‘I came, I graduated, I became a billionaire’ seems to be Indian American Jay Chaudhry’s version of ‘I came, I saw, I conquered’ (Veni, Vidi, Vici in William Shakespeare’s Julius Caesar). The eventful journey of cyber business tycoon Jay Chaudhry, from a quaint Himalayan village to Wall Street, is an inspiring story of American Dreams.
Jay Chaudhry, cofounder and CEO of Zscaler Inc., a cloud-based information security firm headquartered in San Jose, has recently inducted himself among Indian American billionaires and joined the elite club of global billionaires. With net worth USD 3.4 billion, he is not just one of 10 wealthiest Indian American entrepreneurs but tops Forbes’ 2018 list of Indian-origin billionaires in the United States.
Years before he joined the ranks of super-rich entrepreneurs in San Francisco Bay Area, billionaire Jay Chaudhry had nurtured his American Dreams in Panoh, a remote hamlet without running water in the Indian state of Himachal Pradesh. Though he kissed success with his foray into entrepreneurship way back in 1996, he shot to fame as a Silicon Valley billionaire over the recent valuation of 12 million shares of his fifth venture, Zscaler Inc., at the initial public offering.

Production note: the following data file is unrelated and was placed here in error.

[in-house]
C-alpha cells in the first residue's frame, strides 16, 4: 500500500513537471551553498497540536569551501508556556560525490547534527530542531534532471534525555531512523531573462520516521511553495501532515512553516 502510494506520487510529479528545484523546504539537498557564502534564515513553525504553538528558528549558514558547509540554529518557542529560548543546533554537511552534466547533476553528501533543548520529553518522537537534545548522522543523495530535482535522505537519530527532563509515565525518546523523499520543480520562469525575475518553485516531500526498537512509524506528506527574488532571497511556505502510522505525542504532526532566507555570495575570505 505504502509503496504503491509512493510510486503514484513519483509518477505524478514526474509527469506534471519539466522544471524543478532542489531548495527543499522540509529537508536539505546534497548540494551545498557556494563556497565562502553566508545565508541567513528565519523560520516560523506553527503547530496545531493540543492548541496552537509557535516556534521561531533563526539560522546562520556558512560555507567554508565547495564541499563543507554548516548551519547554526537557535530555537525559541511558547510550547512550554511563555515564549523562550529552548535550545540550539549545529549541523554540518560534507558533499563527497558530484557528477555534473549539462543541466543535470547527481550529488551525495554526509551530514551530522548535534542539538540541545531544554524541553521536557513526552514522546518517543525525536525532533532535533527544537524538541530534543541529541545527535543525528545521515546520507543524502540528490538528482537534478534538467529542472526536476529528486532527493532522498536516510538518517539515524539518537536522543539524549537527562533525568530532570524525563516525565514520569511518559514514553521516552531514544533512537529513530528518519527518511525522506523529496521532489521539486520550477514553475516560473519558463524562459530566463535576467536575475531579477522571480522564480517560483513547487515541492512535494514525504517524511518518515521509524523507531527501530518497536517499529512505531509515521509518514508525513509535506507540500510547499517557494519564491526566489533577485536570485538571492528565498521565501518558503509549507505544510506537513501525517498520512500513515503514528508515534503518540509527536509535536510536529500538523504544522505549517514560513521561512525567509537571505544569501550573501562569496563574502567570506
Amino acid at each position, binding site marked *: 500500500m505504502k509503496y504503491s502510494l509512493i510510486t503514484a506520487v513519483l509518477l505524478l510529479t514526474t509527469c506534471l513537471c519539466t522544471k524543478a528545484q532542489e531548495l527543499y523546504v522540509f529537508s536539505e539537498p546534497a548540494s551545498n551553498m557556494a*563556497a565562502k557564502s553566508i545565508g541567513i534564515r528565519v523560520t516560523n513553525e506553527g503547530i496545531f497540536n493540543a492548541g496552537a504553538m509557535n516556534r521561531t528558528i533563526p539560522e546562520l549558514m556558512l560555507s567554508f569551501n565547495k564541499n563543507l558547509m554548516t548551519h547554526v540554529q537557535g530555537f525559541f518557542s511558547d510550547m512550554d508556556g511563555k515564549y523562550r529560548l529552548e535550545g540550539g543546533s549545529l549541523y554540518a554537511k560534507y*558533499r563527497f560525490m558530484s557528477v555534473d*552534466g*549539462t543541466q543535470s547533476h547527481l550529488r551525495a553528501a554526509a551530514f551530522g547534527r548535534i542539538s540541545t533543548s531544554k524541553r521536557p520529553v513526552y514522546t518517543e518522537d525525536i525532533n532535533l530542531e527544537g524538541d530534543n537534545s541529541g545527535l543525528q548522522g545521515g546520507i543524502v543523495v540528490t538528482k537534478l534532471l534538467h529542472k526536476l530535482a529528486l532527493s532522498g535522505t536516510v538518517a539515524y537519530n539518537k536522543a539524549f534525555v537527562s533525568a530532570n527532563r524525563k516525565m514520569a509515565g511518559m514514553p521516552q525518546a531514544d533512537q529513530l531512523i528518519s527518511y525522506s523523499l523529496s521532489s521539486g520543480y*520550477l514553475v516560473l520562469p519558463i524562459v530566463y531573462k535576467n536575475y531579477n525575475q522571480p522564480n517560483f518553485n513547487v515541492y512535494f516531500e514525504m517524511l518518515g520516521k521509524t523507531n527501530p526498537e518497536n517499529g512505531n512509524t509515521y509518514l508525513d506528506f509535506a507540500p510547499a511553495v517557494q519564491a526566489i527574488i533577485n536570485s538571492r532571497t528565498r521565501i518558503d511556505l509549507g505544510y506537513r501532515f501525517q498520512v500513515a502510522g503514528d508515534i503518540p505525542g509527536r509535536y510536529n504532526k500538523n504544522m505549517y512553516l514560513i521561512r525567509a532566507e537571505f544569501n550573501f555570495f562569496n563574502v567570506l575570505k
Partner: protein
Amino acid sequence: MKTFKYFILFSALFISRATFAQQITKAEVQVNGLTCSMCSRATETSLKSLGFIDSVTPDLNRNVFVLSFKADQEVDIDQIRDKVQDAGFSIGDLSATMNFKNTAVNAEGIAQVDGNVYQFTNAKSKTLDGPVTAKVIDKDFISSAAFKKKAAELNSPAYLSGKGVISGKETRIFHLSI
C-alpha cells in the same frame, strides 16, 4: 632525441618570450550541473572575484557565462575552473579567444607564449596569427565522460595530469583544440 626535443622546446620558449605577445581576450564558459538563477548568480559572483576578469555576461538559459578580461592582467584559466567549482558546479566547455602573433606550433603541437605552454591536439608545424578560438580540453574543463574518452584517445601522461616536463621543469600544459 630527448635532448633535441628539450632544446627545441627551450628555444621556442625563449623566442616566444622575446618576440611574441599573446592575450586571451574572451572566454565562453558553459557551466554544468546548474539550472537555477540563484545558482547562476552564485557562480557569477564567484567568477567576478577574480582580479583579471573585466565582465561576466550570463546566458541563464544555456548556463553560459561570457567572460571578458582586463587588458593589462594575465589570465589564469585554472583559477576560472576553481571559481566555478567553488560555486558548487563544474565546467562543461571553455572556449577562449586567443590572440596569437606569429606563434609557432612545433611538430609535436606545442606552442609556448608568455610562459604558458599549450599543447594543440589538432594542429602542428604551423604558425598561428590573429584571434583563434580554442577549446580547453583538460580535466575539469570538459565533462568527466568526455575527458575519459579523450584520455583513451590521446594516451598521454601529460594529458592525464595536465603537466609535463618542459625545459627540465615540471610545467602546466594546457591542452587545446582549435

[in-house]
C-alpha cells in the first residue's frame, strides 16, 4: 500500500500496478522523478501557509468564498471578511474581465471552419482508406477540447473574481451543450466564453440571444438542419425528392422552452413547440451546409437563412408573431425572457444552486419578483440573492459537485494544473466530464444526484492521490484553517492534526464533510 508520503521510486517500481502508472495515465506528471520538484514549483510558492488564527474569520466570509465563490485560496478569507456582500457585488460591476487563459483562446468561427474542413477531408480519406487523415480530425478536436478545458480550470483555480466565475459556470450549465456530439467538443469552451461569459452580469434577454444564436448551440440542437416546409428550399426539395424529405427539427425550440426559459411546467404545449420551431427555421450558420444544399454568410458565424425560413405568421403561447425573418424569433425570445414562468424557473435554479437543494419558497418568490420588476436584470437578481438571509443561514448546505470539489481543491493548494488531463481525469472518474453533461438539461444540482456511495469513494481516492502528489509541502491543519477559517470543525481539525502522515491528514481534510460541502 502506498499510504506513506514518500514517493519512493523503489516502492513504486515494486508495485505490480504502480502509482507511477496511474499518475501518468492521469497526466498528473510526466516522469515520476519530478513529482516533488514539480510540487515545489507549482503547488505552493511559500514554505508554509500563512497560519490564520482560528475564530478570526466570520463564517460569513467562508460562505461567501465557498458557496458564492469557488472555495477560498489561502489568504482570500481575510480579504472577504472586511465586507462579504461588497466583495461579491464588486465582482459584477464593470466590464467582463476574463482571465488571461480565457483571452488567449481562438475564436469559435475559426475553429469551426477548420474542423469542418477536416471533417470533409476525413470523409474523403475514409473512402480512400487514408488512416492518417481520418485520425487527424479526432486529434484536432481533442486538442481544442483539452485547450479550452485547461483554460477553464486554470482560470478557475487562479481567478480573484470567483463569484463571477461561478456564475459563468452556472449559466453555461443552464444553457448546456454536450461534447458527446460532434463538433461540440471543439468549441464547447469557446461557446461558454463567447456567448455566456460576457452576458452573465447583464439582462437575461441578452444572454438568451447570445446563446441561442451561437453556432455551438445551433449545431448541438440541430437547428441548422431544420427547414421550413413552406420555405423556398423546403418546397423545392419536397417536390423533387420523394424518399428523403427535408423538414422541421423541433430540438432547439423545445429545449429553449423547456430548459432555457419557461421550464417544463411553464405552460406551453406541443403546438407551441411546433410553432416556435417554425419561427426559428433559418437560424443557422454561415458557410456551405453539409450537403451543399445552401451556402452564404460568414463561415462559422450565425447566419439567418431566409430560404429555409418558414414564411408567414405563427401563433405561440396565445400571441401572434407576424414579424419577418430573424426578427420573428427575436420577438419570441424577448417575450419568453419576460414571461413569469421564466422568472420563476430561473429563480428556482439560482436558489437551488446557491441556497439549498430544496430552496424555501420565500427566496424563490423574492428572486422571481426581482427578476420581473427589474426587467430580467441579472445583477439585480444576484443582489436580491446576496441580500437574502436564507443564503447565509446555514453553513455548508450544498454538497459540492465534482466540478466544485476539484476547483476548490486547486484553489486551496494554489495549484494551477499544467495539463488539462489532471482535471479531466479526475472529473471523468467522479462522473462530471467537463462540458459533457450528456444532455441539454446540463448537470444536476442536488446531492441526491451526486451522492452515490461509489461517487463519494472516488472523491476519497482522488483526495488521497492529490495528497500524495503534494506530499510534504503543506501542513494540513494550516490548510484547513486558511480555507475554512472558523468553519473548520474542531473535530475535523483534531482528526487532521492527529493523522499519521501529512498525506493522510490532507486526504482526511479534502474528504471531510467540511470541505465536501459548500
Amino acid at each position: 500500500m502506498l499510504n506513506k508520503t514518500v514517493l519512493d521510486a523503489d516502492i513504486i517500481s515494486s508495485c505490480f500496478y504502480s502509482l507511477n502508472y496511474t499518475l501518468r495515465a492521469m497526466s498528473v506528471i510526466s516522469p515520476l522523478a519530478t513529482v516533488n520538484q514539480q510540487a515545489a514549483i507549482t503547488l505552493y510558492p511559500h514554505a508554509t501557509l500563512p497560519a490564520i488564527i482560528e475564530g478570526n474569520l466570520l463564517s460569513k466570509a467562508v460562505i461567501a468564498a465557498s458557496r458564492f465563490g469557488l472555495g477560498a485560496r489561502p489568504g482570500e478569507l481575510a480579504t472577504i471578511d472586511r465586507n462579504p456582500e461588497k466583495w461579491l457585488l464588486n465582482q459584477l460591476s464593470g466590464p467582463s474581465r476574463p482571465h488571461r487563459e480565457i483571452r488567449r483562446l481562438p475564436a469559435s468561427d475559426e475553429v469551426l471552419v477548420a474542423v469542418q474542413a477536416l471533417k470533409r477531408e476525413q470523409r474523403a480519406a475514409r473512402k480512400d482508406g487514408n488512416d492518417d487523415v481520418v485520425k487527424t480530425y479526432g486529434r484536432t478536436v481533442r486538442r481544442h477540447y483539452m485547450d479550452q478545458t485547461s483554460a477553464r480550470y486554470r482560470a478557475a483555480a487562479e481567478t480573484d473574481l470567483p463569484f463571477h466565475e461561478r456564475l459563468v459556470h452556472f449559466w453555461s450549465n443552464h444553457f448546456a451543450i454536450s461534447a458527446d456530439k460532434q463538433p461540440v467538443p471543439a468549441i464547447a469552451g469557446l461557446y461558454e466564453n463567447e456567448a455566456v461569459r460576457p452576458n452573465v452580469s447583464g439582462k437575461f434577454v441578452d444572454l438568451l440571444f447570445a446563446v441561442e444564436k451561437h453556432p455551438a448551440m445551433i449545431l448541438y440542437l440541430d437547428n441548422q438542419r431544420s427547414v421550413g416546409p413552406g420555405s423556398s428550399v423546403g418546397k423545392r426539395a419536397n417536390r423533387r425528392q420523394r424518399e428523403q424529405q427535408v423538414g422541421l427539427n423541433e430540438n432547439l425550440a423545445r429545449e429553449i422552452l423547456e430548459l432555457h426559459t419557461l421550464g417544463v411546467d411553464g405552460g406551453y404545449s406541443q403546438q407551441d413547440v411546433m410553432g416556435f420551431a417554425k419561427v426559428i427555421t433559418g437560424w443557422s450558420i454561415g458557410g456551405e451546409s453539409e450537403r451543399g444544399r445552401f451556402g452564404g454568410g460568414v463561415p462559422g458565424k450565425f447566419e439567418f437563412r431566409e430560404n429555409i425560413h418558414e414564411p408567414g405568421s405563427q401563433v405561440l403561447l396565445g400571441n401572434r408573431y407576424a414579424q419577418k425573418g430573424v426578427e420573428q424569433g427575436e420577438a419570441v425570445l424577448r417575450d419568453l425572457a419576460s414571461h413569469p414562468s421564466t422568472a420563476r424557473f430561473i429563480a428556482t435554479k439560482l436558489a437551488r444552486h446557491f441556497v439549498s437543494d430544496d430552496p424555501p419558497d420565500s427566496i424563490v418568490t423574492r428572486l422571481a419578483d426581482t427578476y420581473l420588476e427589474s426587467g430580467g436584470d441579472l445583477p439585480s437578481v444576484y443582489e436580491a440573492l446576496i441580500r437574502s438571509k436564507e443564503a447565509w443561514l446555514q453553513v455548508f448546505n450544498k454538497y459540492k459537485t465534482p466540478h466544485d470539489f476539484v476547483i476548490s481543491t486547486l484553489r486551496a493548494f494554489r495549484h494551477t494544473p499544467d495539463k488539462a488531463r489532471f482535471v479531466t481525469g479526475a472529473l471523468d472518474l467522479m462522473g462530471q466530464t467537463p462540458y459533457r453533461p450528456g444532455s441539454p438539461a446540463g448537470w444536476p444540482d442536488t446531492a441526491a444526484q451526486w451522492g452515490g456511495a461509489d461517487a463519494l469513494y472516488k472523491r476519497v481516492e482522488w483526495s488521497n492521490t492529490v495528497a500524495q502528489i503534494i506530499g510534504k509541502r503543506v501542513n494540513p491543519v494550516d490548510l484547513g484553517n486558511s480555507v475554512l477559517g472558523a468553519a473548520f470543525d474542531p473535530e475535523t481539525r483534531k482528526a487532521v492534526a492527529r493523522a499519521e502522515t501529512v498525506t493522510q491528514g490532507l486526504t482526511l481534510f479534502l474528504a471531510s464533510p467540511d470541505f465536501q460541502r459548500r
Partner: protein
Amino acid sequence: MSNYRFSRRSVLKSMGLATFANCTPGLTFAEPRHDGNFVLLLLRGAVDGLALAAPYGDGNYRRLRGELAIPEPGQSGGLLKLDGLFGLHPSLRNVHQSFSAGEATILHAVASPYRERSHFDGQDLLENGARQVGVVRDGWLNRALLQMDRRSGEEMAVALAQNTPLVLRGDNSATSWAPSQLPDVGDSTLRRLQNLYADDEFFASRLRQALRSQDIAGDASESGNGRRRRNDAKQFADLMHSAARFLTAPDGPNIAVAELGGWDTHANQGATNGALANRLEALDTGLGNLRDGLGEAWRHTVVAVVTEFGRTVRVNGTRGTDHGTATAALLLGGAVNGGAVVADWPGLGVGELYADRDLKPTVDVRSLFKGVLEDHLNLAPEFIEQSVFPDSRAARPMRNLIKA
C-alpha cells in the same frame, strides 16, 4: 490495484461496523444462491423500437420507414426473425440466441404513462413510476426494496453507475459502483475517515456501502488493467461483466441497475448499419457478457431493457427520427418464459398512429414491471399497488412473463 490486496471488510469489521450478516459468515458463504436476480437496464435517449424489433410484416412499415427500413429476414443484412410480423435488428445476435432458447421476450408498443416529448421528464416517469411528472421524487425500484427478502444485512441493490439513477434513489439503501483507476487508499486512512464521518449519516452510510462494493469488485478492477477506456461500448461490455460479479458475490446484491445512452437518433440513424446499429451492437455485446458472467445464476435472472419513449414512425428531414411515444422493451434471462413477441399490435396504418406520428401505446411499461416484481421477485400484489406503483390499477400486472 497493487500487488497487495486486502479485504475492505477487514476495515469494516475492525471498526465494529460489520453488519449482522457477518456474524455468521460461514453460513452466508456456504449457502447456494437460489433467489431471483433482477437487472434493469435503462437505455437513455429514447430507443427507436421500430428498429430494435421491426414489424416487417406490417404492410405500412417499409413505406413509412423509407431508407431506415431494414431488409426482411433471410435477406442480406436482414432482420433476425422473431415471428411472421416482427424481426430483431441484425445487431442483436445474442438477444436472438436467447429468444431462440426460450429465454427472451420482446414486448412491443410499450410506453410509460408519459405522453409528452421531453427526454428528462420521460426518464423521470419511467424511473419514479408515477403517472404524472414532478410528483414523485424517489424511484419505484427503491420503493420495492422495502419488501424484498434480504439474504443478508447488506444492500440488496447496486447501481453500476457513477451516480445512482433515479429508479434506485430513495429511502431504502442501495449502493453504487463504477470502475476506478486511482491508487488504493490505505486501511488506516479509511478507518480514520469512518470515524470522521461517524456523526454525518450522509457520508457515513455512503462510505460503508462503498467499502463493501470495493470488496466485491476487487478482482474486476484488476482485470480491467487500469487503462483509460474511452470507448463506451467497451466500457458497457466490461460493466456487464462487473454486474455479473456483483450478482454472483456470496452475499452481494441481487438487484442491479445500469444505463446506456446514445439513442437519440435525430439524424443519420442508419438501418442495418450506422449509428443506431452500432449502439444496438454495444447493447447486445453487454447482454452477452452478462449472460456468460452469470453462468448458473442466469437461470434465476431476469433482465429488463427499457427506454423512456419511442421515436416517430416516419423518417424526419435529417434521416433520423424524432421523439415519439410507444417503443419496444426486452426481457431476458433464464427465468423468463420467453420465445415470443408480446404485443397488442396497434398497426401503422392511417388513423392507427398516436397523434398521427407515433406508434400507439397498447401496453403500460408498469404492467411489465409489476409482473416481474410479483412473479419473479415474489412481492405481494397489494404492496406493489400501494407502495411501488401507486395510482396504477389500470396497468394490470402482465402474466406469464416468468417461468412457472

The newest Indian entry in the global club of billionaires, 60-year-old Jay Chaudhry is a visionary in cyber security business. An alumnus of Harvard University in Massachusetts and the University of Cincinnati, he gave a glimpse of his rare business vision during an interview with CNBC:
“The world has changed. People are mobile. Applications are sitting in the cloud. So we had to build security in the cloud. The new security can be put in place for employees so they go to the cloud, they use the internet safely.”
Intrigued by the meteoric rise of cloud-based cyber security, Indian American Jay Chaudhry launched Zscaler as a virtual security checkpost for companies exposed to cyber threats. He had founded four startups before he invested his life savings in Zscaler in 2008. After a short stint in sales and marketing positions at MNCs like IBM, he kick-started his entrepreneurial journey with SecureIT in 1996.
His first startup was acquired by Verizon in 1998, which made 70 of his 80 employees become millionaires, according to Bloomberg. Motorola bought over his second startup, AirDefense, a wireless security firm.
On completion of his B.Tech in electronics engineering from IIT Benaras Hindu University in Varanasi, Jay Chaudhry had traveled to the US for higher studies. Even after so many years in the US, he has not distanced himself from his native village in Himachal Pradesh. He takes business flights to India and visits the Himalayan village every few years.
Unlike other billionaires, he believes “My success so far has mainly been because I have very little attachment for money.” Indian American billionaire Jay Chaudhry is so humble and down-to-earth that he says, “I definitely do not feel like a billionaire even with a billion-dollar fortune.” He defines happiness as a state of mind that money has very little to do with.